Exterior service panel dead front removal when raining?

Hi All!

I searched the archives but didn’t find much information on my question…

Do you pull the dead front cover on an exterior service panel while standing in the rain, even it does not test energized with a non-contact tester or the back of your hand? I know that I can easily become ground while standing in the rain, even with basic (not utility company grade) protective gear. An exposed wire that can come into contact with the DF while tilting it to be removed could prove deadly. I also realize that many inspectors on this forum live in very wet climates and inspect many homes when it’s raining.

Regardless that I charge at the upper end of my local scale…

…I don’t get paid enough to place myself in harms way… EVER!!


Thanks Jeffrey, that’s my take as well!


A light drizzle or sprinkle with the panel under a nice big soffit wouldn’t concern me much. But a heavy downpour with little or no soffit overhang, or standing in a puddle would. When possible, probably best to wait out the rain and do it later. Or if rain is forecast, do it first. As JJ said, no inspection fee is worth dying.


One of my stock disclaimers: “Front panel was not removed because the ground was wet beneath the electrical service panel.”



Not… … I…:rage:


Outdoor panels are relatively rare in Portland but I’d certainly not play in one when it’s raining. In a similar vein there are a lot of roofs I won’t walk when raining but will when dry. On rainy days I use my phone weather app a lot to watch for breaks between showers so I can jump outside and get some things done. When I’m inspecting in Maui… well… never mind :slight_smile: :slight_smile:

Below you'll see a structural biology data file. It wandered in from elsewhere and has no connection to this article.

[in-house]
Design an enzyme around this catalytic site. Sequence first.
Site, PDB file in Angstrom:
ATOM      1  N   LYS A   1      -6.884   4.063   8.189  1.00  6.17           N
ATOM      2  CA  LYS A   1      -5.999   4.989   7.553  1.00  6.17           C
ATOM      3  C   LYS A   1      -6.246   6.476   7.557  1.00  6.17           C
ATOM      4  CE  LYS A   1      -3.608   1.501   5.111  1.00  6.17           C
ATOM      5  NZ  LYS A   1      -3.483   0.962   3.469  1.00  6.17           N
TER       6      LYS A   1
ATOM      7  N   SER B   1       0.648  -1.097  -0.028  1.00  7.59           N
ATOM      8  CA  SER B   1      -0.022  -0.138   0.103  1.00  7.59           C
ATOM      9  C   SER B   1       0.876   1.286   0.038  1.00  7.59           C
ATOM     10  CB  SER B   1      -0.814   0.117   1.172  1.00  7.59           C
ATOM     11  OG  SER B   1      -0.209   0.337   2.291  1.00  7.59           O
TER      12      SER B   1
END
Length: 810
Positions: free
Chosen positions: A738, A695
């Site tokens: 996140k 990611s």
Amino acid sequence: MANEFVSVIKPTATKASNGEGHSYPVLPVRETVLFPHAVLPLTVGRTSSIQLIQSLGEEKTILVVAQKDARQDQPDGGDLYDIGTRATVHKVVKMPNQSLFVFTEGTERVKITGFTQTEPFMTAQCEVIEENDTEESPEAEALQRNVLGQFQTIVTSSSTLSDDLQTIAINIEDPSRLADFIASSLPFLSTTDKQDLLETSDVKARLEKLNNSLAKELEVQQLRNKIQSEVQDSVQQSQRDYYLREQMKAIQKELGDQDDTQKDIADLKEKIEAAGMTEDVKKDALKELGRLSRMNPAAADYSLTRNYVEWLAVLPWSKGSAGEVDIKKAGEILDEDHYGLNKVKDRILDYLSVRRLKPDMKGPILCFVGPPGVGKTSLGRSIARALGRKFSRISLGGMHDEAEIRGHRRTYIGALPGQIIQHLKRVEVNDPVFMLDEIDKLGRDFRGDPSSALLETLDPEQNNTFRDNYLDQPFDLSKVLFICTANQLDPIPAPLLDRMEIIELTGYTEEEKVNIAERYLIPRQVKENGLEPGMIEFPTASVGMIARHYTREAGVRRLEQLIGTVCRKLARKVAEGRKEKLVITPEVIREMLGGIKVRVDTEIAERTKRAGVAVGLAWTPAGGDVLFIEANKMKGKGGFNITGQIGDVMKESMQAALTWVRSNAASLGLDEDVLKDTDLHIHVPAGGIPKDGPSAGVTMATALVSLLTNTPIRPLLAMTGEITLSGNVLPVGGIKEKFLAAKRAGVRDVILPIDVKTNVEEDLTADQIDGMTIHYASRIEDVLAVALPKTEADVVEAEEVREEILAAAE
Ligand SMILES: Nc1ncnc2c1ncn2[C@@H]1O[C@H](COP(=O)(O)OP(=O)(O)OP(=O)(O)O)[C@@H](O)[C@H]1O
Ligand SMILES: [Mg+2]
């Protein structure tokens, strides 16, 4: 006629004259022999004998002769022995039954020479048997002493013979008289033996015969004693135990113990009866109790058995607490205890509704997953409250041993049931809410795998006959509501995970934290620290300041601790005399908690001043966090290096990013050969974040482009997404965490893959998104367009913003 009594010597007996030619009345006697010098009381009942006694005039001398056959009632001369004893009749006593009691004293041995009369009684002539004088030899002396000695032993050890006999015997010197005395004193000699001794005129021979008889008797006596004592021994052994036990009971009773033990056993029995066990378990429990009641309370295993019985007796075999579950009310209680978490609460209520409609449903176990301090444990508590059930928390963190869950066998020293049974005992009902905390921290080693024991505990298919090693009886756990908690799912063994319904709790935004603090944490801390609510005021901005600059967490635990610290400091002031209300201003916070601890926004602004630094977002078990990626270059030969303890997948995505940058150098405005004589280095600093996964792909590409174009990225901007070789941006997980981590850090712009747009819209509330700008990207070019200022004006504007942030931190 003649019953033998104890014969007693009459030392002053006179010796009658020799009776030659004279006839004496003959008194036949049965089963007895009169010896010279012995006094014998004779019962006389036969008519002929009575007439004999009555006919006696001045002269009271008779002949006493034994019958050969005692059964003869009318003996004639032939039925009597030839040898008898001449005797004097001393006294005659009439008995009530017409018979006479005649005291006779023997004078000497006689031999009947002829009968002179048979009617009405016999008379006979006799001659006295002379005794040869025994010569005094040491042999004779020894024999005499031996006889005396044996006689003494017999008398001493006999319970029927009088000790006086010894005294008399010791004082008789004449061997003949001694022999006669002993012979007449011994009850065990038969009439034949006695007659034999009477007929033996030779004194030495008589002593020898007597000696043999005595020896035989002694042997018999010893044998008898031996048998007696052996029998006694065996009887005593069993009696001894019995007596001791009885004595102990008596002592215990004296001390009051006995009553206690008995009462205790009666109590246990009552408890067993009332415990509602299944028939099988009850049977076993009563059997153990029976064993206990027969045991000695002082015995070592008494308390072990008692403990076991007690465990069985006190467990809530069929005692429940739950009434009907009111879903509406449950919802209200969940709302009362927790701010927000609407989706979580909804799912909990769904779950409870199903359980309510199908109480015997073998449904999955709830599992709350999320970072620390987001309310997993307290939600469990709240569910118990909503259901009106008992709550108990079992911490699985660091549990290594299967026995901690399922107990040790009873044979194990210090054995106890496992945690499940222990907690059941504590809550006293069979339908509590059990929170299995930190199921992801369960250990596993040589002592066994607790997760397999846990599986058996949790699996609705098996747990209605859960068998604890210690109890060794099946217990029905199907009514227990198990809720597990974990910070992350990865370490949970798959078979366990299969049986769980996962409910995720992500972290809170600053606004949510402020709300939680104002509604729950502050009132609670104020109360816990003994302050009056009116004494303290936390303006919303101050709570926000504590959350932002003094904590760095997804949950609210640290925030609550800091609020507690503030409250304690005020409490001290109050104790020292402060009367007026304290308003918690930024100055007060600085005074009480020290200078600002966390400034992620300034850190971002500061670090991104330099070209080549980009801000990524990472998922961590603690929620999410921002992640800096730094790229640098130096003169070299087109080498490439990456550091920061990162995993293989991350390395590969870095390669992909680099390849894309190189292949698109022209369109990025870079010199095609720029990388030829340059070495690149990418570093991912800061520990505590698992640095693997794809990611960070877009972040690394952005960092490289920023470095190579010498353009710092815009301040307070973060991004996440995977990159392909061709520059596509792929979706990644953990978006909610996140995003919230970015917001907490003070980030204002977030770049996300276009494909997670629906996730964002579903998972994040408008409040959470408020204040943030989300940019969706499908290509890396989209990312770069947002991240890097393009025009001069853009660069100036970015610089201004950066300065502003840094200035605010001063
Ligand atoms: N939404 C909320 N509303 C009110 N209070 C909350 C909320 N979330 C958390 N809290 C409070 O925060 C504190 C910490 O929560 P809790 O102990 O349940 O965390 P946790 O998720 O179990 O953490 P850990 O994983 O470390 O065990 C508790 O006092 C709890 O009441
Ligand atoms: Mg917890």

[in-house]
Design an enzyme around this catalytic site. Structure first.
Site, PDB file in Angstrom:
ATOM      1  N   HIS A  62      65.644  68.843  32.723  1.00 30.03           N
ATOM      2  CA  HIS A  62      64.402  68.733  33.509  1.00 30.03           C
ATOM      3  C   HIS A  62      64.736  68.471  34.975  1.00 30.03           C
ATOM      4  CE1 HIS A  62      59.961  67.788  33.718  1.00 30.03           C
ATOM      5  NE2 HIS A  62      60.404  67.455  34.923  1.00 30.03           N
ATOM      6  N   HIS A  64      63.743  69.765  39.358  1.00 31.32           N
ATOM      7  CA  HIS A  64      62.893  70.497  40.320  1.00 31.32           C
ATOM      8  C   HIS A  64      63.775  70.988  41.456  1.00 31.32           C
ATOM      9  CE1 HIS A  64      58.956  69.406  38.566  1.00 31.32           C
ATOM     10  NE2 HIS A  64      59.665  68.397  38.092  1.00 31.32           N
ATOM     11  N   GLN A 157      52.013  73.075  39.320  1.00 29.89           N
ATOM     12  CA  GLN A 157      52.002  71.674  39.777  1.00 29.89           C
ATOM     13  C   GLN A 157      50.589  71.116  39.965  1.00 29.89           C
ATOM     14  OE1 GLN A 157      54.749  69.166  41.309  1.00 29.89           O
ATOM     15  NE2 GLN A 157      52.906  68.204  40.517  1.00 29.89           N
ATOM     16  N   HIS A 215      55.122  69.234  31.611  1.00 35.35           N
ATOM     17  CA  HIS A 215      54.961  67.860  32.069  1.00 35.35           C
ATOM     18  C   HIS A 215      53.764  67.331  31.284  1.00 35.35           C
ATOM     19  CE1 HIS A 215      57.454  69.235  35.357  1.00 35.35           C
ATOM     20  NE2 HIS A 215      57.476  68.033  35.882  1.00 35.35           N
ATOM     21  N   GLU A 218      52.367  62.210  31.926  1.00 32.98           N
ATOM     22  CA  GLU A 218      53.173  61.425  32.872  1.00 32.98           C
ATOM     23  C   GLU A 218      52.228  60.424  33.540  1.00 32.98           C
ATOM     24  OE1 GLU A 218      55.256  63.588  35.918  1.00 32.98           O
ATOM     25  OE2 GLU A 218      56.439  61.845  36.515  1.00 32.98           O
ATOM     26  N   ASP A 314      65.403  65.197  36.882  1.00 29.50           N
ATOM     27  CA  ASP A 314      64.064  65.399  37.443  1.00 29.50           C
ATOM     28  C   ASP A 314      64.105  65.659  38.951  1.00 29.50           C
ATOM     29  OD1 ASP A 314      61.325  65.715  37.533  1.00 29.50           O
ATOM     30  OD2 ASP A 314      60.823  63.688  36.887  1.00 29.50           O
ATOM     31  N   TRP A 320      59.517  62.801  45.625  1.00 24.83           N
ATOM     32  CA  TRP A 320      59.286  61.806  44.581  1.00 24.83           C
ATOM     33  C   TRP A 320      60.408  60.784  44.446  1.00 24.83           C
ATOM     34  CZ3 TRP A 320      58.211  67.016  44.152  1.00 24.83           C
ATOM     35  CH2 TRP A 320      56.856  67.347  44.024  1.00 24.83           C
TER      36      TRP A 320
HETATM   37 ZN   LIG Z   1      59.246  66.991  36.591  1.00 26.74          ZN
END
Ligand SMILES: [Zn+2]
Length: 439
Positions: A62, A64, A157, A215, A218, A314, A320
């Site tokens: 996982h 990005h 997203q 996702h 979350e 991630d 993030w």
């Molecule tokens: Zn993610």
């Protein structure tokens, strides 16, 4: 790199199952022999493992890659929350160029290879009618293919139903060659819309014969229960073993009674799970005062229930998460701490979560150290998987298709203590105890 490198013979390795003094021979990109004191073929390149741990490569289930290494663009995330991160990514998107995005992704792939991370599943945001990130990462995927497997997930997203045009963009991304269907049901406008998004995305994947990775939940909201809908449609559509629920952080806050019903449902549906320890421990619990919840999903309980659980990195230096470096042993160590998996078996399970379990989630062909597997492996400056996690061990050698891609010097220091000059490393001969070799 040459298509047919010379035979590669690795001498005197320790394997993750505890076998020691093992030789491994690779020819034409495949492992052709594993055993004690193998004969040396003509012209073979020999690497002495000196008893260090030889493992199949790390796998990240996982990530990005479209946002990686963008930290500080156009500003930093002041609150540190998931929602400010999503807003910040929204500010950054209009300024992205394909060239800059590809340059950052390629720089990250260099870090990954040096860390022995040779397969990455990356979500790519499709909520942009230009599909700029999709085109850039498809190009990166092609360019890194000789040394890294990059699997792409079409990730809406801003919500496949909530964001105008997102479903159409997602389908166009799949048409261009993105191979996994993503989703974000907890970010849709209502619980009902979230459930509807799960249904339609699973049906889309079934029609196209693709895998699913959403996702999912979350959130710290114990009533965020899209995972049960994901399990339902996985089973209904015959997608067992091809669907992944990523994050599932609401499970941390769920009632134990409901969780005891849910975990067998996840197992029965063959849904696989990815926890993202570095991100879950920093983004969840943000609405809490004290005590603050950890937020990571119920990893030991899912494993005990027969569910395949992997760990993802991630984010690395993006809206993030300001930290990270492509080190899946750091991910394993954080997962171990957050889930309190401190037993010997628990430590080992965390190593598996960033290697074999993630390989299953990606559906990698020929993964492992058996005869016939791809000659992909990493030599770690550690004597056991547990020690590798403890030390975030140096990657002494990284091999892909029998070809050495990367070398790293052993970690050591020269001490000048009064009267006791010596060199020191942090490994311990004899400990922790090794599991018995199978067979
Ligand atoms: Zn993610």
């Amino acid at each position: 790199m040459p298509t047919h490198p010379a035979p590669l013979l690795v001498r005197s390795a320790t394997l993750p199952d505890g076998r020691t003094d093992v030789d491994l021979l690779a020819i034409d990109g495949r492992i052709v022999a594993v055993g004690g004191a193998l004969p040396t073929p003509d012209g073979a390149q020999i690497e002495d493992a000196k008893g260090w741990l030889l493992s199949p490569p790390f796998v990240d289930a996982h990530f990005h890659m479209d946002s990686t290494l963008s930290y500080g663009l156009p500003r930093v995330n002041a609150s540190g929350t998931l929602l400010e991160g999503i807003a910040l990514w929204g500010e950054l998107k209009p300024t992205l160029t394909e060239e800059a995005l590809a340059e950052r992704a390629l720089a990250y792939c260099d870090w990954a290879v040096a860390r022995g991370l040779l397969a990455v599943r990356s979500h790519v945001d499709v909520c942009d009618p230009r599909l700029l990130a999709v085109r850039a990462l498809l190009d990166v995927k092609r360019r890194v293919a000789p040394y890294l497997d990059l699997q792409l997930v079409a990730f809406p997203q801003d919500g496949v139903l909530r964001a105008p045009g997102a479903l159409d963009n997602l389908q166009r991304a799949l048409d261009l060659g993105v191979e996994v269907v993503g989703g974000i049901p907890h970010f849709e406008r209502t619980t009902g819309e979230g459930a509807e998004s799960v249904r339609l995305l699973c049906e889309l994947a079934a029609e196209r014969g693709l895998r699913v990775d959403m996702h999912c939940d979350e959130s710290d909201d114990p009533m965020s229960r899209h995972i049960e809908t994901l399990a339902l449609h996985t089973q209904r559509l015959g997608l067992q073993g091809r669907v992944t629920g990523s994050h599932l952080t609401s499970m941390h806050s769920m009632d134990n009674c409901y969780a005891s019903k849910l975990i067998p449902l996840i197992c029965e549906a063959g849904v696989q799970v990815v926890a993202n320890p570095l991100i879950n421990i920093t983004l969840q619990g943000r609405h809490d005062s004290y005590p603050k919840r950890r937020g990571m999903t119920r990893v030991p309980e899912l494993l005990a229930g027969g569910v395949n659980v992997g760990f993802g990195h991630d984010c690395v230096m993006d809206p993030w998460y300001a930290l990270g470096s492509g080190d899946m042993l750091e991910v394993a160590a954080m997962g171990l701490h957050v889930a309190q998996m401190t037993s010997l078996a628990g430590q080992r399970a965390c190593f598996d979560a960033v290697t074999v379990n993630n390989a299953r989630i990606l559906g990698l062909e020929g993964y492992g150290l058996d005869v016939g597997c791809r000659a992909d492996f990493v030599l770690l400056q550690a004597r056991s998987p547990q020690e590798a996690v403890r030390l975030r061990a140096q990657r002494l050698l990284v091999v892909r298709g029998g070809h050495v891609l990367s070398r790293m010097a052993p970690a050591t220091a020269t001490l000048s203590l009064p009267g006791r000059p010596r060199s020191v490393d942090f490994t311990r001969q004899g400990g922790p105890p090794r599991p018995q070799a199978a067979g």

In a downpour on the panel, nope! In light rain or drizzle, it depends. A cover that opens up, shields the breakers from rain. A swinging cover door does not protect the breakers so I might not remove the deadfront if I think rain will fall into the open box. Since we are a dry clime here, it rarely comes up but the spring of 2015 was very rainy, and I did a number of inspections in the rain and had to consider this several times.

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I am at a loss for words reading this thread. Seriously, that is a question one, a home inspector, should not even consider.

I disagree. But that is why we have a forum like this and viva the differences!


Well… Robert does know from firsthand experience…!!

that’s a negative ghost rider…